Broad approach is needed to tackle litter in Scotland, INCPEN says

The Scottish Government needs to take a broad approach when tackling the problem of litter rather than a piecemeal one, according to the Industry Council for research on Packaging & the Environment (INCPEN).

Research commissioned by INCPEN and conducted by Keep Scotland Beautiful, called ‘Composition of litter in Scotland’, shows that focusing just on particular items in litter is not adequate.

The findings from the new research by INCPEN have been published ahead of a new Scottish litter strategy which is due to be unveiled in the next few months.

In its study INCPEN states that a programme should be put in place to target everything from cigarette ends (39.4%) and chewing gum (45.1%) – the two most frequently littered items, to drinks containers (6.4%), food packaging (4.6%), lottery slips (0.1%) and rubber bands (0.3%).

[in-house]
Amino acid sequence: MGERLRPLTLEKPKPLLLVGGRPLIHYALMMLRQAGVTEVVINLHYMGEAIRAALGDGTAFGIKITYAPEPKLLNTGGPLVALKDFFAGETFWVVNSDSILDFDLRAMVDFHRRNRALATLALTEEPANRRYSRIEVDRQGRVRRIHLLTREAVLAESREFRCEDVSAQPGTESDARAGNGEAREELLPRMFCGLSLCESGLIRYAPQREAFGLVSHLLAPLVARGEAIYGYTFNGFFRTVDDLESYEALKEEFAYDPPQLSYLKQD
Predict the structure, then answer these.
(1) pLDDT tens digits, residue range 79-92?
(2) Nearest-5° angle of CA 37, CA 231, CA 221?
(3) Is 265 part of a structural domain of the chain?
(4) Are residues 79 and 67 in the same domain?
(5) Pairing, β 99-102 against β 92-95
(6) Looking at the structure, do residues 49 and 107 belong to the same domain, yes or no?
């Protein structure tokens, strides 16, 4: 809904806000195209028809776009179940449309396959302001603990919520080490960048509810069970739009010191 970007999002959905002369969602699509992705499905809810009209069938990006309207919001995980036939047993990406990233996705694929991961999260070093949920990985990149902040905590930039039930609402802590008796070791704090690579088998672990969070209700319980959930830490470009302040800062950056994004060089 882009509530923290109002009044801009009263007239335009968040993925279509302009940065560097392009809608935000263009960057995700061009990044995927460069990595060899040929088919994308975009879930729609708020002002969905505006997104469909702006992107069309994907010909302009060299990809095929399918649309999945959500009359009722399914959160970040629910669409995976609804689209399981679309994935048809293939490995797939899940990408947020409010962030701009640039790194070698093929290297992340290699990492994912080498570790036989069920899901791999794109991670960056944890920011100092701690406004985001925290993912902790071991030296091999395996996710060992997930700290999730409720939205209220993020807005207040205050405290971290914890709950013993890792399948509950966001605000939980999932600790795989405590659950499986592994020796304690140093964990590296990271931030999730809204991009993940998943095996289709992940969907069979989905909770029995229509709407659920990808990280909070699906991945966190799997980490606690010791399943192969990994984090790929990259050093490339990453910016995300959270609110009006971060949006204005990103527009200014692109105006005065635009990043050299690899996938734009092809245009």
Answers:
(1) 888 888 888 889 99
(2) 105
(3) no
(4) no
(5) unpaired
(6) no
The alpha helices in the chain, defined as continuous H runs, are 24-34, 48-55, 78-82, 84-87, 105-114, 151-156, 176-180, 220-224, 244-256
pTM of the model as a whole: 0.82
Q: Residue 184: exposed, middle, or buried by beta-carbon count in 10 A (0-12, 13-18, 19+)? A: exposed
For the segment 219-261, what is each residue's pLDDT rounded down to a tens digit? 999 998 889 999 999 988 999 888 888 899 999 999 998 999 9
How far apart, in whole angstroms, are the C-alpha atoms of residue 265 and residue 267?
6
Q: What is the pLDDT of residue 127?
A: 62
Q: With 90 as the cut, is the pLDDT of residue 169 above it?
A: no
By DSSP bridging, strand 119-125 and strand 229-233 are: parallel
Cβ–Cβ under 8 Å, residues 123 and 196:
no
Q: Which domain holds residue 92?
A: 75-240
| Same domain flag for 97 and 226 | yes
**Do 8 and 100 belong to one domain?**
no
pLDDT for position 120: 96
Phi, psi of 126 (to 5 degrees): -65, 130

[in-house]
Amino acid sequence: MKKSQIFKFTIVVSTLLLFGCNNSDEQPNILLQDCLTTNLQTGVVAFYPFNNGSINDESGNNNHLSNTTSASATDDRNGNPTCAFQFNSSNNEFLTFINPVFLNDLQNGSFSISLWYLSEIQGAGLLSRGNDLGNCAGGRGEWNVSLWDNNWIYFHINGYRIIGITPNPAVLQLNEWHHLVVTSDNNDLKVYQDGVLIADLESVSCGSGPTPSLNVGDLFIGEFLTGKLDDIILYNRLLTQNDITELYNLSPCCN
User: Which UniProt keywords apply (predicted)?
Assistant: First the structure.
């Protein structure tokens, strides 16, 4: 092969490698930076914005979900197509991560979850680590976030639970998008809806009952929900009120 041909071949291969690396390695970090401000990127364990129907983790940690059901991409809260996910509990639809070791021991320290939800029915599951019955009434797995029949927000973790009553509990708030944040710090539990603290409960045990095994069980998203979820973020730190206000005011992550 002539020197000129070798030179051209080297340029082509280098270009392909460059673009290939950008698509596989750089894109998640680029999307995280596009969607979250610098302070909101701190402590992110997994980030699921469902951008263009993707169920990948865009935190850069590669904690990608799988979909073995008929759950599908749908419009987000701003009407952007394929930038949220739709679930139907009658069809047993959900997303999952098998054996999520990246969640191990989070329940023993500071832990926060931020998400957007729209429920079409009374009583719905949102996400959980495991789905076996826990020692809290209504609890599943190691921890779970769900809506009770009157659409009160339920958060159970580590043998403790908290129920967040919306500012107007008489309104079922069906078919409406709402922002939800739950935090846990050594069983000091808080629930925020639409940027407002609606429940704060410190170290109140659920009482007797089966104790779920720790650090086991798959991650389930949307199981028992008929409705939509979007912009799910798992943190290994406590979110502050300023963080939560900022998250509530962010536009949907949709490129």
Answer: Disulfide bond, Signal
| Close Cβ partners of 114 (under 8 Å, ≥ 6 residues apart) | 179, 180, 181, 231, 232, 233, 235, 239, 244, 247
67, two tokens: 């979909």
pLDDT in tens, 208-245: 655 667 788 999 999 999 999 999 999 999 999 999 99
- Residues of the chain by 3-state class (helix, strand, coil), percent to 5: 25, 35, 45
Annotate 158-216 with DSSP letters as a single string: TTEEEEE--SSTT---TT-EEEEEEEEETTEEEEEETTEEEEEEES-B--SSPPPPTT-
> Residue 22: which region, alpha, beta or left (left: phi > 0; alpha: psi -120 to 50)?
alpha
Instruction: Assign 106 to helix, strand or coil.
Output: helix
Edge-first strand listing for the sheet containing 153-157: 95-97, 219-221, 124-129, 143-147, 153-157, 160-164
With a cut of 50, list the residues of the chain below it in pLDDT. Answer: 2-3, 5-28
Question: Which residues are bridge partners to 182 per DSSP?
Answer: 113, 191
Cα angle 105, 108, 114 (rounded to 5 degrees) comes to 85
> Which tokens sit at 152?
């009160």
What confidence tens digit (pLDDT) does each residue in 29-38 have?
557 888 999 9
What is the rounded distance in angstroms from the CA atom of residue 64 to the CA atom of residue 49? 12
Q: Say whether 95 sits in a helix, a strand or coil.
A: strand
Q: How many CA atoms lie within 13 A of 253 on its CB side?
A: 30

The study said litter has to be measured by number of items and also, ideally, an assessment of its visual impact as well as how easy it is to clear up.

Since 1993, Keep Britain Tidy has carried out a survey of litter for INCPEN as an adjunct to its surveys for Defra.

Its work for Defra records types of litter in a selection of 50m by 2m sites chosen to be representative of the whole of the UK. The surveys for INCPEN counted the number of littered items in a sub-set of the sites, again chosen to be representative.

Surveys were carried out again in 1996, 2004 and 2008. Since devolution in 1999 Scottish sites have not been included. A 2014 survey of England and Wales is being carried out by Keep Britain Tidy.

Keep Scotland Beautiful uses the same methodology as Keep Britain Tidy for its presence/absence surveys and has used the same method for its recent litter count.

Commenting about the research, INCPEN director Jane Bickerstaffe said: “We’re very supportive of Scotland’s proposed comprehensive approach to tackling all types of litter. We believe good data is vital to underpin that strategy, not only to provide a benchmark against which achievements can be measured but also so that targeted measures can be devised. That’s why we commissioned this survey.”

Liz Gyekye

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